Here's To the Start of a New Year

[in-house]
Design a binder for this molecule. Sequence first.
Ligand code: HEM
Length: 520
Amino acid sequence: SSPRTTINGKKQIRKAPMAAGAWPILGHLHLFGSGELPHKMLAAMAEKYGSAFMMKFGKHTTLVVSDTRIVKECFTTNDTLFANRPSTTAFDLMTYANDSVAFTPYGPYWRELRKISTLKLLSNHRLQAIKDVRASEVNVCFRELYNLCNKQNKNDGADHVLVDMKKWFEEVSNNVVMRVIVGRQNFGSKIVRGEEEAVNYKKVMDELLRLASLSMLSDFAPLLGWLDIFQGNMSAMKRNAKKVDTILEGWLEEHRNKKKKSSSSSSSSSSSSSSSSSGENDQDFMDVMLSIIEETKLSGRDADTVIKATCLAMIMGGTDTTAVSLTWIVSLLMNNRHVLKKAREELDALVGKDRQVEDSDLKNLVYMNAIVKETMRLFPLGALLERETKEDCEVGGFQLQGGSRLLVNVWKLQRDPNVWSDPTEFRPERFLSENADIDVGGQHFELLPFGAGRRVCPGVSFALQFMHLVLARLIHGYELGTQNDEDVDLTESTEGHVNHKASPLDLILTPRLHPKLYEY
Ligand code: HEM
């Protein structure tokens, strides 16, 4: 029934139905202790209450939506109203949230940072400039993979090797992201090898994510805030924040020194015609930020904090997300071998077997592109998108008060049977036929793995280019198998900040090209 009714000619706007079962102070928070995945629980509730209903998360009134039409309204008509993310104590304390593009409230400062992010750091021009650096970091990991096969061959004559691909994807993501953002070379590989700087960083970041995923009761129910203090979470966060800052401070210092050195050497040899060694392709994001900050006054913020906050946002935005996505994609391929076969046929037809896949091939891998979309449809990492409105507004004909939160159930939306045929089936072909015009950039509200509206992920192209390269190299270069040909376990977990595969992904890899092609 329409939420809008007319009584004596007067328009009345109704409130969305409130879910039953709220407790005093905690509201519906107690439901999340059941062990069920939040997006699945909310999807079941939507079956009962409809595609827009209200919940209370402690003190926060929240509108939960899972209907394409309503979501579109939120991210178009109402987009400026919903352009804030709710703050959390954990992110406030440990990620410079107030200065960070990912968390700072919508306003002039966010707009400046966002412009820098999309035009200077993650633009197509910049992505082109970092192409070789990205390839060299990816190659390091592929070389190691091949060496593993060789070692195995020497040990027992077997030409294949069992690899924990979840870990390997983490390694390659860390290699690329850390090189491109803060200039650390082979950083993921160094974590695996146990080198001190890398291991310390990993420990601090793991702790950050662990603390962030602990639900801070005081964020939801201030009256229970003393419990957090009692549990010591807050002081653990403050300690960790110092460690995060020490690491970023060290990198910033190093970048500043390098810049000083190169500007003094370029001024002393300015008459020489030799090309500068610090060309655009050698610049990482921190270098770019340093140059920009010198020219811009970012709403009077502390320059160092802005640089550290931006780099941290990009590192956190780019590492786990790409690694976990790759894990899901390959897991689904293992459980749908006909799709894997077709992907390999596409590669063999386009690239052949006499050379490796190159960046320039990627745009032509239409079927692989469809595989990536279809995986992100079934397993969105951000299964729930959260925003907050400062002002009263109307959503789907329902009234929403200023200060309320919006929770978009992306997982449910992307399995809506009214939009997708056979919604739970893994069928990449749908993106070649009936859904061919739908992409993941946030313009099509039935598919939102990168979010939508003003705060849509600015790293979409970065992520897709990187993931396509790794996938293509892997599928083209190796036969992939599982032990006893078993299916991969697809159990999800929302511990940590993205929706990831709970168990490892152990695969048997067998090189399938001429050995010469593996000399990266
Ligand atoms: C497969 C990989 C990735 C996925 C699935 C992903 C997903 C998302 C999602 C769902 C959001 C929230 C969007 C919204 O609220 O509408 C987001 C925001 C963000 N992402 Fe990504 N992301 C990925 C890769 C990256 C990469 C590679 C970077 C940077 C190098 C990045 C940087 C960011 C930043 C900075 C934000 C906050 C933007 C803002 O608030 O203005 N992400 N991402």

Here's To the Start of a New Year First week of the spring semester is over: let’s all take a moment and applaud ourselves for surviving it. I don’t know about you, but outside of test weeks, the first week of the semester is always hardest for me. It’s like you have to work extra-hard the first week just to remind yourself that you have to once again make somewhat of an effort day to day. The lazy days that accompany every vacation break are over now. So as we all begin this spring semester, I wanted to issue a challenge, especially to those of you who are about to face a really tough semester. Ever semester is a fresh start, a chance to do things better than you did the semester before. Whether it’s actually reading that textbook you spent hundreds of dollars on or cutting down on the number of Fuego runs you make. It doesn’t hurt that it’s also the “start” of a new year, so we all have those resolutions we’re going to try to keep. Personally, my goal this semester, and hop... (Read More)